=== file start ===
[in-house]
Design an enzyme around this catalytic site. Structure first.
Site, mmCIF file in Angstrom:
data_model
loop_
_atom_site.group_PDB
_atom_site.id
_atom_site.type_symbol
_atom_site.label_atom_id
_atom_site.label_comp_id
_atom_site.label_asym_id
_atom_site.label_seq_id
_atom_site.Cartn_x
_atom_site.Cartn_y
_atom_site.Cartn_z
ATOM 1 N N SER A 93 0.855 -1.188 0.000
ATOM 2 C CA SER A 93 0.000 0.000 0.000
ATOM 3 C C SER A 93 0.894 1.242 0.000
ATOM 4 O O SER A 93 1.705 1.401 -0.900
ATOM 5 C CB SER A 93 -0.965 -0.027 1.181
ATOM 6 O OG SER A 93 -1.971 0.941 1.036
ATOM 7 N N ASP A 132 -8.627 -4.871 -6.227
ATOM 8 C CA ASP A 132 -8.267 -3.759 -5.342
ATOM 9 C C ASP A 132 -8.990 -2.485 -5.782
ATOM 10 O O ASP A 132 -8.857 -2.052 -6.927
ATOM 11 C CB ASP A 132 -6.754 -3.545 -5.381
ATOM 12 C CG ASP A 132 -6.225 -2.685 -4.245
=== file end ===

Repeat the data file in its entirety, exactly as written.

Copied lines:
[in-house]
Design an enzyme around this catalytic site. Structure first.
Site, mmCIF file in Angstrom:
data_model
loop_
_atom_site.group_PDB
_atom_site.id
_atom_site.type_symbol
_atom_site.label_atom_id
_atom_site.label_comp_id
_atom_site.label_asym_id
_atom_site.label_seq_id
_atom_site.Cartn_x
_atom_site.Cartn_y
_atom_site.Cartn_z
ATOM 1 N N SER A 93 0.855 -1.188 0.000
ATOM 2 C CA SER A 93 0.000 0.000 0.000
ATOM 3 C C SER A 93 0.894 1.242 0.000
ATOM 4 O O SER A 93 1.705 1.401 -0.900
ATOM 5 C CB SER A 93 -0.965 -0.027 1.181
ATOM 6 O OG SER A 93 -1.971 0.941 1.036
ATOM 7 N N ASP A 132 -8.627 -4.871 -6.227
ATOM 8 C CA ASP A 132 -8.267 -3.759 -5.342
ATOM 9 C C ASP A 132 -8.990 -2.485 -5.782
ATOM 10 O O ASP A 132 -8.857 -2.052 -6.927
ATOM 11 C CB ASP A 132 -6.754 -3.545 -5.381
ATOM 12 C CG ASP A 132 -6.225 -2.685 -4.245